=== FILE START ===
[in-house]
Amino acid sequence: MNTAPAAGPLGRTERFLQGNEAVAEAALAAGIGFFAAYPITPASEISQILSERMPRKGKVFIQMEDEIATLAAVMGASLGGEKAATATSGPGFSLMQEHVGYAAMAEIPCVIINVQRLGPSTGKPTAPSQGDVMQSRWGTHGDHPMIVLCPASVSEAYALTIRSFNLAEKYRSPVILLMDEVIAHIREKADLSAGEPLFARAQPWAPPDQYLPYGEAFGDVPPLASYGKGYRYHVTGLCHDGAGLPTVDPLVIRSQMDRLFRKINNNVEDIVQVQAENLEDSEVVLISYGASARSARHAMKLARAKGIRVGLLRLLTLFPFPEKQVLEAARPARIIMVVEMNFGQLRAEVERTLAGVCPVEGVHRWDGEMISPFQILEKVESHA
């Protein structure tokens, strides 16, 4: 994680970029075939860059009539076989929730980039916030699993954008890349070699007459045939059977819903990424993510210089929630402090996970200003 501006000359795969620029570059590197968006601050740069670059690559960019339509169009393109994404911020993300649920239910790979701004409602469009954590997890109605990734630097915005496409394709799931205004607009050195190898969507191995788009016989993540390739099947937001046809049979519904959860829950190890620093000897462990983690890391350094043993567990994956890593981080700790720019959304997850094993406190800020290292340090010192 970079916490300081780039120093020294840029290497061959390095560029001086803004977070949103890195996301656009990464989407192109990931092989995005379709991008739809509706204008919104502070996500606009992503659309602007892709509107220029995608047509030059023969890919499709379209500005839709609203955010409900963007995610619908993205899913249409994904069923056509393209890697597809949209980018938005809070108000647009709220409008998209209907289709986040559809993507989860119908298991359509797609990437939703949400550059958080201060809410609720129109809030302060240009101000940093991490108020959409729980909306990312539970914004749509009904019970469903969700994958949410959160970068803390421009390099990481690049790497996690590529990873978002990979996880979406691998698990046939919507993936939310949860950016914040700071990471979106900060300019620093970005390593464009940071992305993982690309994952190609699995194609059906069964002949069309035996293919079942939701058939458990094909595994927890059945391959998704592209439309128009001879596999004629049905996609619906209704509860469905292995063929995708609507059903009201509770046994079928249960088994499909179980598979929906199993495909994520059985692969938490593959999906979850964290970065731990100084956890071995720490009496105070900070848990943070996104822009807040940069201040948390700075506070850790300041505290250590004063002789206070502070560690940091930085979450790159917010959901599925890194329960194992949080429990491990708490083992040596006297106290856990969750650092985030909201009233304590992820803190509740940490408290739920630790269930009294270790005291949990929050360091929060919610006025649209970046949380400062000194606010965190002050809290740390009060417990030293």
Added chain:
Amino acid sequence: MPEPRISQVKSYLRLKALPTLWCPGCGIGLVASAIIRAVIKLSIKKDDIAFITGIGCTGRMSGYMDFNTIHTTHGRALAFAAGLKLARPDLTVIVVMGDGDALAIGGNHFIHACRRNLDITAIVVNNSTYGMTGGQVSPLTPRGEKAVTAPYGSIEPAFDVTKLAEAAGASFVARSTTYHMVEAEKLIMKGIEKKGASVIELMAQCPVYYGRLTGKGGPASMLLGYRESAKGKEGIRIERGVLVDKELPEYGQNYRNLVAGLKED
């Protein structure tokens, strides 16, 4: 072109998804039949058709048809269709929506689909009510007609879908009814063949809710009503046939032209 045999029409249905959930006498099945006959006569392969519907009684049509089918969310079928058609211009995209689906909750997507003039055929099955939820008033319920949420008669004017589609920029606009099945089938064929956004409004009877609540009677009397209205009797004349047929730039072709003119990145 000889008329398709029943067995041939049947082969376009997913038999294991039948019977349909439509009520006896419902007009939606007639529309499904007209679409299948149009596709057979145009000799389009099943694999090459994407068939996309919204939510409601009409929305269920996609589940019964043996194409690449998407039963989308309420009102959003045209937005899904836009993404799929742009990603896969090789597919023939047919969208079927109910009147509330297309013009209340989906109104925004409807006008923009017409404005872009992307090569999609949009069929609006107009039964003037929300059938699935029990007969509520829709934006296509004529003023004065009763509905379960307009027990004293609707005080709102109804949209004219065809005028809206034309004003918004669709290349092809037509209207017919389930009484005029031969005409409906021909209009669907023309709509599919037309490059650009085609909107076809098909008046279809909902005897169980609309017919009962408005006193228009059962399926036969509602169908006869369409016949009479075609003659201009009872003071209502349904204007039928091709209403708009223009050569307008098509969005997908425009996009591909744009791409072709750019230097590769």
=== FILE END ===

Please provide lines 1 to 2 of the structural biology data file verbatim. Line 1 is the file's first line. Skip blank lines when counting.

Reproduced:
[in-house]
Amino acid sequence: MNTAPAAGPLGRTERFLQGNEAVAEAALAAGIGFFAAYPITPASEISQILSERMPRKGKVFIQMEDEIATLAAVMGASLGGEKAATATSGPGFSLMQEHVGYAAMAEIPCVIINVQRLGPSTGKPTAPSQGDVMQSRWGTHGDHPMIVLCPASVSEAYALTIRSFNLAEKYRSPVILLMDEVIAHIREKADLSAGEPLFARAQPWAPPDQYLPYGEAFGDVPPLASYGKGYRYHVTGLCHDGAGLPTVDPLVIRSQMDRLFRKINNNVEDIVQVQAENLEDSEVVLISYGASARSARHAMKLARAKGIRVGLLRLLTLFPFPEKQVLEAARPARIIMVVEMNFGQLRAEVERTLAGVCPVEGVHRWDGEMISPFQILEKVESHA